-
-Once the gadget serial driver is loaded and the USB device connected
-to the Linux host with a USB cable, the host system should recognize
-the gadget serial device. For example, the command
-
- cat /proc/bus/usb/devices
-
-should show something like this:
-
-T: Bus=01 Lev=01 Prnt=01 Port=01 Cnt=02 Dev#= 6 Spd=480 MxCh= 0
-D: Ver= 2.00 Cls=ff(vend.) Sub=00 Prot=00 MxPS=64 #Cfgs= 1
-P: Vendor=0525 ProdID=a4a6 Rev= 2.01
-S: Manufacturer=Linux 2.6.8.1 with net2280
-S: Product=Gadget Serial
-S: SerialNumber=0
-C:* #Ifs= 1 Cfg#= 1 Atr=c0 MxPwr= 2mA
-I: If#= 0 Alt= 0 #EPs= 2 Cls=0a(data ) Sub=00 Prot=00 Driver=serial
-E: Ad=81(I) Atr=02(Bulk) MxPS= 512 Ivl=0ms
-E: Ad=02(O) Atr=02(Bulk) MxPS= 512 Ivl=0ms
-
-You must explicitly load the usbserial driver with parameters to
-configure it to recognize the gadget serial device, like this:
-
- modprobe usbserial vendor=0x0525 product=0xA4A6
-
-If everything is working, usbserial will print a message in the
-system log saying something like "Gadget Serial converter now
-attached to ttyUSB0".
-
-
-Testing with Minicom or HyperTerminal
--------------------------------------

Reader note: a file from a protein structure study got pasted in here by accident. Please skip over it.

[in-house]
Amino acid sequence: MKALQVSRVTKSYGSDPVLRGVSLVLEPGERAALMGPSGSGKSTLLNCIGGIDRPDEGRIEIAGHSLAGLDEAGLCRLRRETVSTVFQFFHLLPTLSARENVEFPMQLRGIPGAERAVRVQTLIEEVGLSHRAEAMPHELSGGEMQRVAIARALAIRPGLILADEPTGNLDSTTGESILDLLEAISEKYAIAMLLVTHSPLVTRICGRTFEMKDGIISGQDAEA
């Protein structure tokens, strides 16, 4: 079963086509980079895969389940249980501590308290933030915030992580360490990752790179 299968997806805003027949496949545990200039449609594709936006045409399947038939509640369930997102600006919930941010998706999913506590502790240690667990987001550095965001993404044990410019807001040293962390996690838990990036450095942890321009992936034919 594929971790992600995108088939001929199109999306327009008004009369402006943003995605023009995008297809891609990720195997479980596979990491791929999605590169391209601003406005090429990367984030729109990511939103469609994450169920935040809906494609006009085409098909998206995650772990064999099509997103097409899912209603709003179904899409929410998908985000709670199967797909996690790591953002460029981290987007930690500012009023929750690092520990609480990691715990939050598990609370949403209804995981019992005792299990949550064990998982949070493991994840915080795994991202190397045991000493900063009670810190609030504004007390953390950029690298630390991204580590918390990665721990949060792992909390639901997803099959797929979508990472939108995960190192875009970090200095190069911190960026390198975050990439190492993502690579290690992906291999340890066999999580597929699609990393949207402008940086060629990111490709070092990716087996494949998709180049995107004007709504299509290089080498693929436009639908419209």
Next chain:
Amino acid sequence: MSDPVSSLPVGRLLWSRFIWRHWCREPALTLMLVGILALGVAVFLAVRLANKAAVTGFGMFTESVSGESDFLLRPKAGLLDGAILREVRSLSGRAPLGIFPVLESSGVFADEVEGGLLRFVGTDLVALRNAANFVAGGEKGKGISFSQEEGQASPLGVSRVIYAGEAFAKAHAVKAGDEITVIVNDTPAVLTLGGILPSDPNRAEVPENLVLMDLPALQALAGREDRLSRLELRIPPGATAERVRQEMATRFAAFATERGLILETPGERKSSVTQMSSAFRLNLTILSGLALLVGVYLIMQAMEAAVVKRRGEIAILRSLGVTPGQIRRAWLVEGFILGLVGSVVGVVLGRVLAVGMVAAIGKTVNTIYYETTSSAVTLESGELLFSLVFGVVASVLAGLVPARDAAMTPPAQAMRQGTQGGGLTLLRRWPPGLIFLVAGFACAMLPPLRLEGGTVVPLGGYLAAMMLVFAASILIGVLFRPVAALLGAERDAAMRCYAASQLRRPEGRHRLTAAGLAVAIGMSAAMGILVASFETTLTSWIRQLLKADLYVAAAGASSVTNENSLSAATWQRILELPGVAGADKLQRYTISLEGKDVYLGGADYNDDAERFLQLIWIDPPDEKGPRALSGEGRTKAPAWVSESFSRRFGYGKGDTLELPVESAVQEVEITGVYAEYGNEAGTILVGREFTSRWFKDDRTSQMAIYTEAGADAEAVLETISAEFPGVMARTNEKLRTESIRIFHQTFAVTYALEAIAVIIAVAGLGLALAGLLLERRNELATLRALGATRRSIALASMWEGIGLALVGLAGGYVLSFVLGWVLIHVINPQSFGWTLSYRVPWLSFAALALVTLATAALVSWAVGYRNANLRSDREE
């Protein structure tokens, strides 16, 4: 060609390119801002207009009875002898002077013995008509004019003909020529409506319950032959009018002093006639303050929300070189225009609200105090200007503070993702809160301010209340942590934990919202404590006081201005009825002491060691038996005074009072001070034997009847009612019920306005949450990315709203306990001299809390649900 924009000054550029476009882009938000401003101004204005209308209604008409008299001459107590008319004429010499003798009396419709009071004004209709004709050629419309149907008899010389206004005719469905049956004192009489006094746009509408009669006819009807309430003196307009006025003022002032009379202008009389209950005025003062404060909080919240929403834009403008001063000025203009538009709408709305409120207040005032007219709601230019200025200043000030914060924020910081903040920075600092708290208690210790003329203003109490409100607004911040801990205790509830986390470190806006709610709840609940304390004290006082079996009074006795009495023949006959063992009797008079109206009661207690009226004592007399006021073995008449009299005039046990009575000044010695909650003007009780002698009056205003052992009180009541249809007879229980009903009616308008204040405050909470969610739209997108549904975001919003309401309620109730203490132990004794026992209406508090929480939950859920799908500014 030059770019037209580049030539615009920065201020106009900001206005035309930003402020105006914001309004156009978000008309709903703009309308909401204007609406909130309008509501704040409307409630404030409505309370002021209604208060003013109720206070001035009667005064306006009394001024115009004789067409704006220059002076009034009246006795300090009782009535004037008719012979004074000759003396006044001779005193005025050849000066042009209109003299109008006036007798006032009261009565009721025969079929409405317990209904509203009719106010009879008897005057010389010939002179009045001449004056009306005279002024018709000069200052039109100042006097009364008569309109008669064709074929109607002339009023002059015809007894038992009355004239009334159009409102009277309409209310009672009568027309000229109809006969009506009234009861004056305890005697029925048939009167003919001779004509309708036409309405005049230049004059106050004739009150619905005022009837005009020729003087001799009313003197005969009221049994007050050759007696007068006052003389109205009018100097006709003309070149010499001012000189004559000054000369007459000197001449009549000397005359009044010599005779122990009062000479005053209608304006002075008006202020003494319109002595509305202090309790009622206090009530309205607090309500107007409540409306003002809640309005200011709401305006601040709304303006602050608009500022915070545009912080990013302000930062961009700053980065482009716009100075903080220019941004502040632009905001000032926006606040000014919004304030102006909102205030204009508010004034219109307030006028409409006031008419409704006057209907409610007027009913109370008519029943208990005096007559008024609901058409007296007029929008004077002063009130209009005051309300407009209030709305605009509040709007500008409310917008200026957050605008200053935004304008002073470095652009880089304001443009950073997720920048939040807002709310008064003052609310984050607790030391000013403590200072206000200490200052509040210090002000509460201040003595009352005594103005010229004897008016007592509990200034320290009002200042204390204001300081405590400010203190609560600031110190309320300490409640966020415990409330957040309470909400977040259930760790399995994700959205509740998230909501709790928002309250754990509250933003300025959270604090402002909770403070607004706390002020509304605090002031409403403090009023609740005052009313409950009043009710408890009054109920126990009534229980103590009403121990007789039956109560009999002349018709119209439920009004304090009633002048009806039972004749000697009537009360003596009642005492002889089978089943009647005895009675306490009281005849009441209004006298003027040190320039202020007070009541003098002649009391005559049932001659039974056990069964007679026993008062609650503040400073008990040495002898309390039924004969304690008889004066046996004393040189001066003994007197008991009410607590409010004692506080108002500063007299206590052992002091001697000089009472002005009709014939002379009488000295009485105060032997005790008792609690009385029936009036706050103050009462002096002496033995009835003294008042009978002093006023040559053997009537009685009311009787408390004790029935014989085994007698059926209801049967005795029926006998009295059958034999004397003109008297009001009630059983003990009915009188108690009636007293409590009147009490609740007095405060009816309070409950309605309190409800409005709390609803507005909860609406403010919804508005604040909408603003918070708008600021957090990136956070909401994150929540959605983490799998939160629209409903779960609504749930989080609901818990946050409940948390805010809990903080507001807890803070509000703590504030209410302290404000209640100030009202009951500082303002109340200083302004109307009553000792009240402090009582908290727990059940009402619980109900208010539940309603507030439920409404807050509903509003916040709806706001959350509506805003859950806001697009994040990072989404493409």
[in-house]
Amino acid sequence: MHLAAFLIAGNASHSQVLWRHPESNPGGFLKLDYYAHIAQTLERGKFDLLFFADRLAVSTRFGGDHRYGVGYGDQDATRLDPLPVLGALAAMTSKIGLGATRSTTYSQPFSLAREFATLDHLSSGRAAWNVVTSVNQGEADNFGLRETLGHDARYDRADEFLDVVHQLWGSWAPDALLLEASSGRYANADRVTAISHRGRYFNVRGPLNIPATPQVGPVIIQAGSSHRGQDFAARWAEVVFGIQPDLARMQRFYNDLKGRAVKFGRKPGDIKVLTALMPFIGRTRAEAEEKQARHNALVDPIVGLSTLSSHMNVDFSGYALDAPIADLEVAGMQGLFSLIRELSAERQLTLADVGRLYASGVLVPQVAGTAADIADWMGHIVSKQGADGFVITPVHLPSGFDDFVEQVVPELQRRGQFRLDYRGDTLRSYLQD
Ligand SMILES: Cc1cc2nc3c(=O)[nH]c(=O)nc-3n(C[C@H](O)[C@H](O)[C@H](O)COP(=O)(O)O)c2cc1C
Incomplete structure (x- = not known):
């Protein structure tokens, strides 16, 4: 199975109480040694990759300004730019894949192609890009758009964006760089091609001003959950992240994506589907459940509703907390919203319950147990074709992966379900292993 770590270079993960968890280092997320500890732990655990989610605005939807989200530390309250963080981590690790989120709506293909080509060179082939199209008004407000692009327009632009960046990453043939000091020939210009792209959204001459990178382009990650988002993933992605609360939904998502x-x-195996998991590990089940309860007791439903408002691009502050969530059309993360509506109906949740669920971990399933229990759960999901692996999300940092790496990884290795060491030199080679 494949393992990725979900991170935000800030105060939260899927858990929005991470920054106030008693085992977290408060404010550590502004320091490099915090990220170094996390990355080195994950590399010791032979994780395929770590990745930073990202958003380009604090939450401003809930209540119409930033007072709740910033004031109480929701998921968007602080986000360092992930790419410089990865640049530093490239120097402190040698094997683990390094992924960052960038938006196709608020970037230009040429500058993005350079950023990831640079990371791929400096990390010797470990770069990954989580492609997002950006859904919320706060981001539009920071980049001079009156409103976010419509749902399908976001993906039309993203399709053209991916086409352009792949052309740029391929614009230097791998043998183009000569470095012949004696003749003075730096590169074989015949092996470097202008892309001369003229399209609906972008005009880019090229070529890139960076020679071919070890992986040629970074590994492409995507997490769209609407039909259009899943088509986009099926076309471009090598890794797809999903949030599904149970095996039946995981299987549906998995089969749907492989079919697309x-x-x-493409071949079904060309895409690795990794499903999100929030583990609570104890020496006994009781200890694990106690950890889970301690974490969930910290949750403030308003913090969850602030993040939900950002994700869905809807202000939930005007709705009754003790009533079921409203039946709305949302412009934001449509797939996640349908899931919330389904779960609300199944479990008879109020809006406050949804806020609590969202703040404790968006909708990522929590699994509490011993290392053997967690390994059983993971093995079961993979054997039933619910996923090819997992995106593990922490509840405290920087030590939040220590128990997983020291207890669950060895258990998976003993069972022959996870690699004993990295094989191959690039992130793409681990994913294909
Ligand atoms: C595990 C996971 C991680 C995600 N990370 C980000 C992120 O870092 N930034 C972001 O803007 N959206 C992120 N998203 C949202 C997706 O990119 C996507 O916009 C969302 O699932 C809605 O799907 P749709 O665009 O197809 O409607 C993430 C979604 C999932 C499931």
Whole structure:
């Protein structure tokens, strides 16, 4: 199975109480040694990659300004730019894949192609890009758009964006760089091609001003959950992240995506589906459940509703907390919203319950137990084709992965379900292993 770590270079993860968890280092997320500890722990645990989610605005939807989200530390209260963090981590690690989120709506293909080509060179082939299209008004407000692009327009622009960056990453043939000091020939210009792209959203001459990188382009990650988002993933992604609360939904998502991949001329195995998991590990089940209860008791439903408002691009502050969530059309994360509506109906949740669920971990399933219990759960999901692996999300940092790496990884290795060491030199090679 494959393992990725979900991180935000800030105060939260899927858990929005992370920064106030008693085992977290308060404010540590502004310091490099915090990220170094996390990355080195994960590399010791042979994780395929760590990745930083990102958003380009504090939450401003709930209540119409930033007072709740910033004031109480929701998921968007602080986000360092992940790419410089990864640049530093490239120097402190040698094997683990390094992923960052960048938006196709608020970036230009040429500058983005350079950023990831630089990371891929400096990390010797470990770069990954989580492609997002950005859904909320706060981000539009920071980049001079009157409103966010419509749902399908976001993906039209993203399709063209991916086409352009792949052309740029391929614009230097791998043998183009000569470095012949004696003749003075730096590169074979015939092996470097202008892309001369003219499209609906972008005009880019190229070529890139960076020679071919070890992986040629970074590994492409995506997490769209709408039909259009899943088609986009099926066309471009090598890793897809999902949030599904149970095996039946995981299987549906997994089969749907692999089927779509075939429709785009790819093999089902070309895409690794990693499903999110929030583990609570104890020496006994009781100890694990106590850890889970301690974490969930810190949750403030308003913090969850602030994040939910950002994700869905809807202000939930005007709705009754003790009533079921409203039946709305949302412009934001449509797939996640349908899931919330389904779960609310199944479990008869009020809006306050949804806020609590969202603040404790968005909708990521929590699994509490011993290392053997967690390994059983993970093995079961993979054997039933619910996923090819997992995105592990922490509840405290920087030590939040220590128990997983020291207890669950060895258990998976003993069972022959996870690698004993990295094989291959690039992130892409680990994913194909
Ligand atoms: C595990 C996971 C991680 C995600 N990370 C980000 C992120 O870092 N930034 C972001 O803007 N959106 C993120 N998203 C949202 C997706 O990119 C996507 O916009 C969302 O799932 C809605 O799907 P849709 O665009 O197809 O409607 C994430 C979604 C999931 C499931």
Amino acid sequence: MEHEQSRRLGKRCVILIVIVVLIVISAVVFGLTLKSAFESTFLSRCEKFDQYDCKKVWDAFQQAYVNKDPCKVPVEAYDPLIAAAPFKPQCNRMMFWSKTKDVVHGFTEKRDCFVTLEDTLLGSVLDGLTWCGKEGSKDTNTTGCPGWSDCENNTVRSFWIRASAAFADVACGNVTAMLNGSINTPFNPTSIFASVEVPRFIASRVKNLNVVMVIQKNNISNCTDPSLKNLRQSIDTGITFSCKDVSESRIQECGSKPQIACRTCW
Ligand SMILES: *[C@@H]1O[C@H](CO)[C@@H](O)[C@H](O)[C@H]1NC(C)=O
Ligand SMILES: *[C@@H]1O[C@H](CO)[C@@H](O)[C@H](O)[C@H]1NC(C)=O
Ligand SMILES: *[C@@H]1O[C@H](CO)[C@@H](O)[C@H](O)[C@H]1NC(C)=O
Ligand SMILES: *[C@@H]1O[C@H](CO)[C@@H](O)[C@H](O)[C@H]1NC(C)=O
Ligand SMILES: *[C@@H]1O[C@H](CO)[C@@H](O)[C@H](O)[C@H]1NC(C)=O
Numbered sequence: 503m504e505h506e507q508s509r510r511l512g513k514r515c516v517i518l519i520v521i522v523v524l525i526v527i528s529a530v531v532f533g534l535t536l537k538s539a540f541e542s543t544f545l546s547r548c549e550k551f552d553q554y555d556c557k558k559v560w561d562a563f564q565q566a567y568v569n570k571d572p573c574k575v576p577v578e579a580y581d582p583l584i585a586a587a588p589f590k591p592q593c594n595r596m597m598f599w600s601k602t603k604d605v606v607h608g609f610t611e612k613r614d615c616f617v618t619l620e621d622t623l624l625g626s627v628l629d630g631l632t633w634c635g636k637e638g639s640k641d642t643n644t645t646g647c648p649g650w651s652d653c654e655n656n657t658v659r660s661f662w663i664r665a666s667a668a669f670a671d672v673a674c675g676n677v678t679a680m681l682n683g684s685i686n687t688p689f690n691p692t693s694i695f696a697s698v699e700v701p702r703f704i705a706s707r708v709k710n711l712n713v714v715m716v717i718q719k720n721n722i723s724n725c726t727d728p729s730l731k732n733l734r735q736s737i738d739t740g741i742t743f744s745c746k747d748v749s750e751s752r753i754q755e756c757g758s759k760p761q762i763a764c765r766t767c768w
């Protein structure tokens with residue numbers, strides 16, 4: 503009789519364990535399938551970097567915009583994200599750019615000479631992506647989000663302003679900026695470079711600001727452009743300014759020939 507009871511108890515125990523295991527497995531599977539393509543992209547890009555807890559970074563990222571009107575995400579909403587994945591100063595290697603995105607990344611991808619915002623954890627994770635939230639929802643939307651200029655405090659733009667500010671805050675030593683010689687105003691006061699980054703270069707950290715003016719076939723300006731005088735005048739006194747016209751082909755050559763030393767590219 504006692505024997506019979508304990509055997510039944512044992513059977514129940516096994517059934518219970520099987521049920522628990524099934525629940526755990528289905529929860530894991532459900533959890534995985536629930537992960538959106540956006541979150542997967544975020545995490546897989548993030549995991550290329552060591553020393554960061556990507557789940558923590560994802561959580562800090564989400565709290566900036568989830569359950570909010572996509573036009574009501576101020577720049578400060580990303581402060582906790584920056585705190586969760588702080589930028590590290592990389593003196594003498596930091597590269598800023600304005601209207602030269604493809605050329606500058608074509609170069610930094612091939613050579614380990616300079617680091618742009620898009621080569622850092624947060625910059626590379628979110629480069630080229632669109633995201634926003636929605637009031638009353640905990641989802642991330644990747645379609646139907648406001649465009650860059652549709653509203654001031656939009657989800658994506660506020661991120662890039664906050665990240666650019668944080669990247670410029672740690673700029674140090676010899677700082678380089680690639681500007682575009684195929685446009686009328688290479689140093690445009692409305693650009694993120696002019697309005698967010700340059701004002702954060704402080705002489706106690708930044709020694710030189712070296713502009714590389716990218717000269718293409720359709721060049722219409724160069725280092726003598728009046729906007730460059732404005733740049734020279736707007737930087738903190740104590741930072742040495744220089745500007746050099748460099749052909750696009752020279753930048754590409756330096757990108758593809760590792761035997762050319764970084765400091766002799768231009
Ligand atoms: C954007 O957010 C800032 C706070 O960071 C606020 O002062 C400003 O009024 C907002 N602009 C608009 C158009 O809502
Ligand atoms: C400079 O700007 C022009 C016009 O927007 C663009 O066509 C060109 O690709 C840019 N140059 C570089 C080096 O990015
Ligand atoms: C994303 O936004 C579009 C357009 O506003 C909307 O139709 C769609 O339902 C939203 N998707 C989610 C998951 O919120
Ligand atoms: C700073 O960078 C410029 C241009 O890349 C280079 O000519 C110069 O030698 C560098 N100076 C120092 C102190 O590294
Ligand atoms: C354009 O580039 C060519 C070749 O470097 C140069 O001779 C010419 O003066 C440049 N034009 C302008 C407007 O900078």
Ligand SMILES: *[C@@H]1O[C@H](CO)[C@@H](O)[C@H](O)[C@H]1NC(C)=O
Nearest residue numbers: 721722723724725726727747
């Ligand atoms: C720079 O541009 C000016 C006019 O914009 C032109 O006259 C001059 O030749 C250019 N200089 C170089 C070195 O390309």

-Once the gadget serial driver and the host driver are both installed,
-and a USB cable connects the gadget device to the host, you should
-be able to communicate over USB between the gadget and host systems.
-You can use minicom or HyperTerminal to try this out.
-
-On the gadget side run "minicom -s" to configure a new minicom
-session. Under "Serial port setup" set "/dev/ttygserial" as the
-"Serial Device". Set baud rate, data bits, parity, and stop bits,
-to 9600, 8, none, and 1--these settings mostly do not matter.
-Under "Modem and dialing" erase all the modem and dialing strings.
-
-On a Linux host running the ACM driver, configure minicom similarly
-but use "/dev/ttyACM0" as the "Serial Device". (If you have other
-ACM devices connected, change the device name appropriately.)
-
-On a Linux host running the USB generic serial driver, configure
-minicom similarly, but use "/dev/ttyUSB0" as the "Serial Device".
-(If you have other USB serial devices connected, change the device
-name appropriately.)
-
-On a Windows host configure a new HyperTerminal session to use the
-COM port assigned to Gadget Serial. The "Port Settings" will be
-set automatically when HyperTerminal connects to the gadget serial
-device, so you can leave them set to the default values--these
-settings mostly do not matter.
-
-With minicom configured and running on the gadget side and with
-minicom or HyperTerminal configured and running on the host side,
-you should be able to send data back and forth between the gadget
-side and host side systems. Anything you type on the terminal
-window on the gadget side should appear in the terminal window on
-the host side and vice versa.